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Probate Disputes

There are few occasions that stir up controversy among family members as swiftly and with more volatility than a will or inheritance dispute. Surviving relatives, creditors, and other stakeholders have the option to contest a will – and ultimately go to court – even if the deceased was very explicit in his or her final plans.

Common Reasons Wills are Contested

There are many reasons the validity of a will might be contested. Common reasons include:

  • There was proven interference with respect to how the will was written or signed.
  • There is undue or excessive favor shown toward one family member over another.
  • The will in question was written under duress or while facing undue influence from other family members. This can be difficult to prove, and these types of allegations can lead to severe and lengthy litigation.
  • The will does not take in to consideration the changes in the deceased’s estate and assets between the time of writing the will and the time of death.
  • It may be believed that the deceased was not in full control of his or her mental faculties when the will was written. In these cases, it is important to look at any changes to the deceased’s mental state caused by an illness or medication. Related side effects can lead the decedent to make arbitrary, illogical or unfair stipulations in the will.

Can I avoid a probate dispute?

Depending on the extent of the litigation, the court process can drain many assets from the estate. Surviving family members should consider the costs and frustrations of litigation compared to the more positive alternatives. If possible, family members should look at more pleasant alternatives, such as mediation or litigation.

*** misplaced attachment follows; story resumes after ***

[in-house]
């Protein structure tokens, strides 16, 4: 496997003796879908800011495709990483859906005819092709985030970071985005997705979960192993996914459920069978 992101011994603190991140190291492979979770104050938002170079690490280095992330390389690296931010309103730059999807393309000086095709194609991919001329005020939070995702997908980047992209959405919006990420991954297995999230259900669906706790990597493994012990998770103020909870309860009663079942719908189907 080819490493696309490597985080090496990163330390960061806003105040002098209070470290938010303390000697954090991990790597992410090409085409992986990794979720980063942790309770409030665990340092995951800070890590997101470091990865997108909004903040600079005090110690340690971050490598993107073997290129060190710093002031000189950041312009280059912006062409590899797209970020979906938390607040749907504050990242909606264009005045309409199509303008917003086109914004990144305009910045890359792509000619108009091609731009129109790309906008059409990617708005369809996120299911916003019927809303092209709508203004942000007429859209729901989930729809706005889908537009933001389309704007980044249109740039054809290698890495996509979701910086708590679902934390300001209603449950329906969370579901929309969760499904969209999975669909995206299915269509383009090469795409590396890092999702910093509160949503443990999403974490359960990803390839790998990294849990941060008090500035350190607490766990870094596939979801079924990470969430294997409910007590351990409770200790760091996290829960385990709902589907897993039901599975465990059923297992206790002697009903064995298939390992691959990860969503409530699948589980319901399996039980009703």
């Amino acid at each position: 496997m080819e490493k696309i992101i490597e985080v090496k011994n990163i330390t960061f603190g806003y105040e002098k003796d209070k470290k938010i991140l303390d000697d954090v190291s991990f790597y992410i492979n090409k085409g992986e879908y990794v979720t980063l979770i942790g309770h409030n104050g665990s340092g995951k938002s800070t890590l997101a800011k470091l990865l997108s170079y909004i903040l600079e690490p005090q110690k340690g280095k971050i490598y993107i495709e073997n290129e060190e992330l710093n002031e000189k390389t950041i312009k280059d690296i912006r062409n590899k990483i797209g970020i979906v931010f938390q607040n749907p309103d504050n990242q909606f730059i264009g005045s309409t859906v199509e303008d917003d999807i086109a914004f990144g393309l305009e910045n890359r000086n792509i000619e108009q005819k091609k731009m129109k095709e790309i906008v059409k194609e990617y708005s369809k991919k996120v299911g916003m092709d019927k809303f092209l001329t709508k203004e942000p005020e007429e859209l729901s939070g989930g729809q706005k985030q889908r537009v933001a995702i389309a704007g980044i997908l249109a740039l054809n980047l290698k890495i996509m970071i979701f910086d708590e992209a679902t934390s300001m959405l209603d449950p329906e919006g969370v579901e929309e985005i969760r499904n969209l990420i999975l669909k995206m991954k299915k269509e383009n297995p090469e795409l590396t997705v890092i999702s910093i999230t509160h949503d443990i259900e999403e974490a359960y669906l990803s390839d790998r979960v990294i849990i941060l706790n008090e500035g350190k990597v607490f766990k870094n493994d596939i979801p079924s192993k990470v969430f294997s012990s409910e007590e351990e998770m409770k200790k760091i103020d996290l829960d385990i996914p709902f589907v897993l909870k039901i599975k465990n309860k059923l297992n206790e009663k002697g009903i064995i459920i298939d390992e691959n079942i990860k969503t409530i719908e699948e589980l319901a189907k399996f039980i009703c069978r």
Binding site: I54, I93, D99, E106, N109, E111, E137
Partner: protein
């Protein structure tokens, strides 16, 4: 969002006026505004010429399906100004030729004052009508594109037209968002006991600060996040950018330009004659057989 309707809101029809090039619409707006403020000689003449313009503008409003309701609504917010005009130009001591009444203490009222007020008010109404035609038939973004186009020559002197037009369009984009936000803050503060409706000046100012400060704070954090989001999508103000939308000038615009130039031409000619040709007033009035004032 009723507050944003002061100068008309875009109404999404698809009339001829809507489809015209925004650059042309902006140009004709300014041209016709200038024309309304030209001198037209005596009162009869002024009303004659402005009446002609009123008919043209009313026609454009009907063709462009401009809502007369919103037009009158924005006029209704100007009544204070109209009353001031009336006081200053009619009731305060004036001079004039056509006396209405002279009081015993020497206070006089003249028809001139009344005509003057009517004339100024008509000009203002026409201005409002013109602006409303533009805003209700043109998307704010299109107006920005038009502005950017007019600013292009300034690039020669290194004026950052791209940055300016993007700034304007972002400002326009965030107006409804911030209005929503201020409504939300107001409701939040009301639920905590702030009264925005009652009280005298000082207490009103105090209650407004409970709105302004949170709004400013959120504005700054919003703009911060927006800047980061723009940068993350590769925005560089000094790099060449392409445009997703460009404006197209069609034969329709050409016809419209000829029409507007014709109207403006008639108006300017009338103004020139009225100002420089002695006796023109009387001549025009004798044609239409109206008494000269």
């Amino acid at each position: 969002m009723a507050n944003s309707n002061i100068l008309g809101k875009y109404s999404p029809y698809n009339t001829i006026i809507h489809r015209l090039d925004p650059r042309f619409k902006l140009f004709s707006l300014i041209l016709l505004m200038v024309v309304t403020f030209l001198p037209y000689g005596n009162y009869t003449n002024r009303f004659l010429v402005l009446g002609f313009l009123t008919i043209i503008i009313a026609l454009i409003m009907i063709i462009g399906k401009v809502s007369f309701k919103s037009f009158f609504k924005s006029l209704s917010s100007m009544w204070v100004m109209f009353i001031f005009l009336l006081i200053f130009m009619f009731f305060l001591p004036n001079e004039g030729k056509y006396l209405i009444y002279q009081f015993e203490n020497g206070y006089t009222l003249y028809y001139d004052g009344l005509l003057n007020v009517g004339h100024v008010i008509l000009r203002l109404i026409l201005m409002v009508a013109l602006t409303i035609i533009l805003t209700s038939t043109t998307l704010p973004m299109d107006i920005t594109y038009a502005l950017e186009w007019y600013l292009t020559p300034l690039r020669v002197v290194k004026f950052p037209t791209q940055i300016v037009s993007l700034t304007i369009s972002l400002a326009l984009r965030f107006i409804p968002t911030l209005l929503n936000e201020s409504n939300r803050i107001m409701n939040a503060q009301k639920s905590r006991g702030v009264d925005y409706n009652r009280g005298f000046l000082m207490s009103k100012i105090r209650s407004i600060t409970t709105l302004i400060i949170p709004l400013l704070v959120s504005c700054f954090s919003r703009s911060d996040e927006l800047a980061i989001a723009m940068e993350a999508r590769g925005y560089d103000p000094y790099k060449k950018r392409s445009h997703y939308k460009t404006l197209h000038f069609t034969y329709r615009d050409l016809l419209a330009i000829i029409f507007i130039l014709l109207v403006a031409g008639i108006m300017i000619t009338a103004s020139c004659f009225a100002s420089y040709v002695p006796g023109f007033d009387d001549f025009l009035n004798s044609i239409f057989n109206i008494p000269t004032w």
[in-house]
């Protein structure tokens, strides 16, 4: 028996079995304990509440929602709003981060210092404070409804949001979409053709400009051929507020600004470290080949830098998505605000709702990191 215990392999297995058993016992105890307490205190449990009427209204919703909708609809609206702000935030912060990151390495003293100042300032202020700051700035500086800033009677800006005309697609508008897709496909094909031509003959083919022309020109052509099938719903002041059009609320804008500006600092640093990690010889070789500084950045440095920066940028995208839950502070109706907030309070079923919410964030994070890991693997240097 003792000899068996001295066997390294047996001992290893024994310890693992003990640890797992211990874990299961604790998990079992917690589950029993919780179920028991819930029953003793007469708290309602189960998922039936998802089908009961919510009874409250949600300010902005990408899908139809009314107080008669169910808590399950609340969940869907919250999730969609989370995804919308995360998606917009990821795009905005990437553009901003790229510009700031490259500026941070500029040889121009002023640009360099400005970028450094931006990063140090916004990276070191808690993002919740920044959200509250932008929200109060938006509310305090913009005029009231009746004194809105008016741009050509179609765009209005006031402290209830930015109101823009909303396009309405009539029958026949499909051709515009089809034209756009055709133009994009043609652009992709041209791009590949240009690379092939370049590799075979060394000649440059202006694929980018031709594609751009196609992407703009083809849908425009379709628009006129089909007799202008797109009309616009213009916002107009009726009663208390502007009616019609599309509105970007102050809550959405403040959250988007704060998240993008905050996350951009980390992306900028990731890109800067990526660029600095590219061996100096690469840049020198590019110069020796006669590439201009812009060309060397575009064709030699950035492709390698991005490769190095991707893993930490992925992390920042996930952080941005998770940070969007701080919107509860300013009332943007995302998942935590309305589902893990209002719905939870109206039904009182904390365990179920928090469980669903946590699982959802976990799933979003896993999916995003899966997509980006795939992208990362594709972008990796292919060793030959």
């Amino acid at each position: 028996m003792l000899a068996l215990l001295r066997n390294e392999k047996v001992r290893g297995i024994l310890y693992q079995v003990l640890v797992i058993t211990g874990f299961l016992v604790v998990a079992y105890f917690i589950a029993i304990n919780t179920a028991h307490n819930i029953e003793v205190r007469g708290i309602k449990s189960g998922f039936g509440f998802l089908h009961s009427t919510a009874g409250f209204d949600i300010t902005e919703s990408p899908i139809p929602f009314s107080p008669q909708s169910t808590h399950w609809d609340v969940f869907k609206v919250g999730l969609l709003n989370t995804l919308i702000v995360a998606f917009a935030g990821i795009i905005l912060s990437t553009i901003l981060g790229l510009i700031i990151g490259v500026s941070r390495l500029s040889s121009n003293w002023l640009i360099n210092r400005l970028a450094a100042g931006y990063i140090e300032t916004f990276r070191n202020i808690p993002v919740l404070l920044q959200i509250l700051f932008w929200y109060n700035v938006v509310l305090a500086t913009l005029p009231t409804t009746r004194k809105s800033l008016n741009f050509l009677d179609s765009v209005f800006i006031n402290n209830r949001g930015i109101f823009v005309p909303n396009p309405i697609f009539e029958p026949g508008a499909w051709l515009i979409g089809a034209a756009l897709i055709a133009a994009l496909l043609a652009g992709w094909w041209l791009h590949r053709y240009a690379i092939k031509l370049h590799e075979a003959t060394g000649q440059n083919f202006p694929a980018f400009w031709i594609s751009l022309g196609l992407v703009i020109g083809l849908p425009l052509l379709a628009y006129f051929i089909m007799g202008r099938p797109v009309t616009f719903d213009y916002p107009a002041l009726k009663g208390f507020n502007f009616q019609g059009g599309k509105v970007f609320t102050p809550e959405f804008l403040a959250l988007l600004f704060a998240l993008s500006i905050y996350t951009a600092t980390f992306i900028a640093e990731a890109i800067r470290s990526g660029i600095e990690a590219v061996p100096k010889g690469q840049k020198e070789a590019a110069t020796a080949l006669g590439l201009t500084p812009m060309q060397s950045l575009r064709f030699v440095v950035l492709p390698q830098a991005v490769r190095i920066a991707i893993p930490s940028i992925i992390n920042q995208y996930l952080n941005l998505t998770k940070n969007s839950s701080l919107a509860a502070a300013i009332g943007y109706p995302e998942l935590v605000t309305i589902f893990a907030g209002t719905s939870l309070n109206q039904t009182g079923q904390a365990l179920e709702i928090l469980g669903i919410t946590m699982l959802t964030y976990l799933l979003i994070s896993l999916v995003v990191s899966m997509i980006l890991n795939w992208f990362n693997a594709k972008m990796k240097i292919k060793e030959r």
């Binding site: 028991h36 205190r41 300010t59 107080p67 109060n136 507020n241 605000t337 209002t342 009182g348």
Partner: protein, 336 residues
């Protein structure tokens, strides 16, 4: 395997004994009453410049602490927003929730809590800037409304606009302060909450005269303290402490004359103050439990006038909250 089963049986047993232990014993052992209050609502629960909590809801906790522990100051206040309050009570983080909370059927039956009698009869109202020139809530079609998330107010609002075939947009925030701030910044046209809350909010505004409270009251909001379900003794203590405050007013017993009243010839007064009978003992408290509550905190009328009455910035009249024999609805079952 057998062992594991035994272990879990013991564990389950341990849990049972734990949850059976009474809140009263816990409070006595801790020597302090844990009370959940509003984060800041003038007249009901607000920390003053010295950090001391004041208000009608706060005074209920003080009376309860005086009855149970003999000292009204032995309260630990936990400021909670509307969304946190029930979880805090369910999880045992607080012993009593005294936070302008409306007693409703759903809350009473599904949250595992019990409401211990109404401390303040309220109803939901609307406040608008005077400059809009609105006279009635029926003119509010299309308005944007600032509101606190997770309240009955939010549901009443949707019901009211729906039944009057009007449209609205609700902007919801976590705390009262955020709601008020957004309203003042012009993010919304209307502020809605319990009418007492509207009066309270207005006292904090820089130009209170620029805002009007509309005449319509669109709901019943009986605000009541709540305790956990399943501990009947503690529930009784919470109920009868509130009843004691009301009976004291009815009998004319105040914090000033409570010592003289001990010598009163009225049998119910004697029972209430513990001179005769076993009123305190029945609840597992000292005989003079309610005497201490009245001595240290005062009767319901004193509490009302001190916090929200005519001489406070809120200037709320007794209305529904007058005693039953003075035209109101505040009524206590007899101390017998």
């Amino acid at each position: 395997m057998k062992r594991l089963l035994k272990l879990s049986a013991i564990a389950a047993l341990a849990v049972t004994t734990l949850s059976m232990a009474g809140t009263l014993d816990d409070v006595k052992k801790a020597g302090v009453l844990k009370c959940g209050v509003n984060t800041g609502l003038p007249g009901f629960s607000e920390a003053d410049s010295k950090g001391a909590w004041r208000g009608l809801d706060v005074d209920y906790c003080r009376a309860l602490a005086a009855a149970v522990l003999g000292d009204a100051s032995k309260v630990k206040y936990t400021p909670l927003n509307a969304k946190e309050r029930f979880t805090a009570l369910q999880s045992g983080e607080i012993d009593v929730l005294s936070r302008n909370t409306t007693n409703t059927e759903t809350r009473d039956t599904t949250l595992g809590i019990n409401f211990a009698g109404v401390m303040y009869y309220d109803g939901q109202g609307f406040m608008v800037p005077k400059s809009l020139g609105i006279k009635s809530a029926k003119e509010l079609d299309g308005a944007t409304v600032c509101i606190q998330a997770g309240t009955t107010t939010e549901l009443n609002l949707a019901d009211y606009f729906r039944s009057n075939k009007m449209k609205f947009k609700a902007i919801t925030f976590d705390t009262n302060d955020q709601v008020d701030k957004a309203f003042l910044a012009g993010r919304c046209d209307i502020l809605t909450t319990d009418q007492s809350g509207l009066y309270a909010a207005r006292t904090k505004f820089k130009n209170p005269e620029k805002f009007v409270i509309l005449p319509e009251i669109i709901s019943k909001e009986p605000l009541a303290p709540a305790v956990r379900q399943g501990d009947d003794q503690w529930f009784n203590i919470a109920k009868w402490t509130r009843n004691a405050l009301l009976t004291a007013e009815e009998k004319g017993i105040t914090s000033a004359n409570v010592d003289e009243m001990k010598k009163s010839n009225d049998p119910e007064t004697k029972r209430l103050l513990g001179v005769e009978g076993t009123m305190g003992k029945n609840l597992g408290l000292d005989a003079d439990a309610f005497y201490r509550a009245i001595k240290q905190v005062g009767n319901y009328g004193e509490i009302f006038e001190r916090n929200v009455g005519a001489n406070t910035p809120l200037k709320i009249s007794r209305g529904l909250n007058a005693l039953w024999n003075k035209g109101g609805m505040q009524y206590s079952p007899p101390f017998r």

In many cases, probate disputes can be resolved proficiently, and everyone involved may be satisfied with the outcome. That being said, these kinds of disputes can also result in long-term hostility. Sometimes, these hardships are out of your control. However, it is necessary to strive for a favorable outcome.

Effective estate planning is the best and easiest way to avoid probate disputes. This is especially true in a mixed family, such as a homestead that is the decedent’s separate property (i.e., the decedent acquired the home before marriage). This situation often creates tension between the surviving spouse and the kids from outside of the decedent’s last marriage. In this case, the surviving spouse may want to stay in the home, but, without a will, the kids often end up being the ones who own the home.

Probate Litigation Attorneys

If you are curious to learn more about the probate process and your personal options, look through our website to access more information that can help you move forward. We know how emotionally destructive these concerns can be.

If you have any questions you would like answered by a probate litigation attorney, schedule a free consultation now.